A local court in Peshawar ordered registering a First Information Report (FIR) against the organisers of this year's Aurat March in Islamabad on Friday.
The decision was taken after an additional sessions court heard a petition against the organisers for allegedly committing un-Islamic acts in the name of the women's march.
Granting the petition, the court ordered to register an FIR against the organisers for 'insulting the Prophet Muhammad (PBUH) and his companions'.
Earlier this month, the Tehreek-e-Taliban Pakistan (TTP), a banned outfit, threatened the organisers of the Aurat March who planned demonstrations to mark the International Women’s Day in the country, accusing them of blasphemy and obscenity.
The TTP statement followed a flurry of falsified images and video clips on social media that suggested participants in the March 8 protests had insulted Islam, which they strongly denied.
“We want to send a message to those organisations who are actively spreading obscenity and vulgarity in our beloved Pakistan,” the statement said, addressing the marchers.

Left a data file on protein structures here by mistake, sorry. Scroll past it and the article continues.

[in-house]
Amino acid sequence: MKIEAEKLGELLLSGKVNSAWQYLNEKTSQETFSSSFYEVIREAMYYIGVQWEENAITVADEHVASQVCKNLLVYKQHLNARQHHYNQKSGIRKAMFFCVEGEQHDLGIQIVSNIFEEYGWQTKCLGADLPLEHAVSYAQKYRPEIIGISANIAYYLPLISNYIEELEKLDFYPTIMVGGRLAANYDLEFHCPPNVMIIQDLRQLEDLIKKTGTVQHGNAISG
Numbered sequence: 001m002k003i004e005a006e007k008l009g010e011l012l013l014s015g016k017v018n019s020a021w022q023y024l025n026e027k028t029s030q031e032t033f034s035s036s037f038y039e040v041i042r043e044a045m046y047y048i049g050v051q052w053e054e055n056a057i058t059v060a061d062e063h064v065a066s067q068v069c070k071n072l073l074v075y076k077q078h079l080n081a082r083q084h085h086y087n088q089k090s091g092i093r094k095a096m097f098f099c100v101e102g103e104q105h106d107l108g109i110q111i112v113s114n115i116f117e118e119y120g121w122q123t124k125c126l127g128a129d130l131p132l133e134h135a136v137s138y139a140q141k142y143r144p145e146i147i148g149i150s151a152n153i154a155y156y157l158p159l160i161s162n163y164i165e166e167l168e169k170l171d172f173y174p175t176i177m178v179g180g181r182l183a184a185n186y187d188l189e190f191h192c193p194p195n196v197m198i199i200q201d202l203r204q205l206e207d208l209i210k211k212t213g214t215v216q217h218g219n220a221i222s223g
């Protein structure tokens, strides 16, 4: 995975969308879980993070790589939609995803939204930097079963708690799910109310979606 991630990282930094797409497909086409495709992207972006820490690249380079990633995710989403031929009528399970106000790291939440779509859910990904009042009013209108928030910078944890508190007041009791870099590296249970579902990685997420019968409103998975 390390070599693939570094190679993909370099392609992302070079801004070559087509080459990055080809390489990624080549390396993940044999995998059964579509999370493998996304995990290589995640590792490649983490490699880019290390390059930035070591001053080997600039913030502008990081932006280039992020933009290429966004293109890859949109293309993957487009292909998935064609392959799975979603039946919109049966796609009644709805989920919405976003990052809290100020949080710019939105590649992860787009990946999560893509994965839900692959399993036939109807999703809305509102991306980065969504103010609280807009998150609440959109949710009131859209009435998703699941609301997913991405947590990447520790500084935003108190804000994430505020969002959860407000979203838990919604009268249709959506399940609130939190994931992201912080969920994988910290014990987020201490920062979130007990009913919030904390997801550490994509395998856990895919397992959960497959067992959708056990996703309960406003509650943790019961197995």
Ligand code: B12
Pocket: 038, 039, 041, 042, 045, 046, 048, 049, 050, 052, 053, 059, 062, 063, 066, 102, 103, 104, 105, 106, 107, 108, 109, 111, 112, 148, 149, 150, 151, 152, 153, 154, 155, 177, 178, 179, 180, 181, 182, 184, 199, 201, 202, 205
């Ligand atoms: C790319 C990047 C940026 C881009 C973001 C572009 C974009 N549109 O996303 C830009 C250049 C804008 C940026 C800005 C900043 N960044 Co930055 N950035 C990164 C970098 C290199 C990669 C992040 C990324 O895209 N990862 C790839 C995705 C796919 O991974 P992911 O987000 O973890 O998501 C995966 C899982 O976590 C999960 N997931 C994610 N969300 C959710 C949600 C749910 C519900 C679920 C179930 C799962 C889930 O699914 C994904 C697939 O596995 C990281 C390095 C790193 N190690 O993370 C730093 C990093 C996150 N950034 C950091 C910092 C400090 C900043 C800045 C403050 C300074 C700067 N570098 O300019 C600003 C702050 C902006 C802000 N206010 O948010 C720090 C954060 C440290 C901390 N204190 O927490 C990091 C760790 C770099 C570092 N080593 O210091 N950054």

“Fix your ways, there are still many young Muslims here who know how to protect Islam and the boundaries set by Allah,” the banned outfit stated.
Religious groups held demonstrations in several cities to demand that the government prosecute the march organisers for blasphemy, and they threatened vigilante action.
Messages spread on social media, in some cases shared by journalists and politicians with millions of followers, included false allegations that the French flag was waved at the Women’s Day march, while doctored video and audio showed participants chanting slogans viewed as blasphemous against Islamic figures.
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“Each and every one of these allegations are completely false and part of a malicious campaign to silence women from speaking out about their rights,” the Aurat March organisers said in a statement.
The Women’s Democratic Front, a leftist group founded in 2018 and one of the organisers of the march, said their flag - with red, white and purple stripes - had been misrepresented as the French flag, which has blue, white and red stripes.
Hassan Abbas, a security expert at the National Defence University in Washington, said the TTP statement should be a “wake-up call” for security agencies.
“[It is aimed at] creating fear, gaining the sympathy of religious radicals and recruiting extremists in urban centres of Pakistan,” he added.
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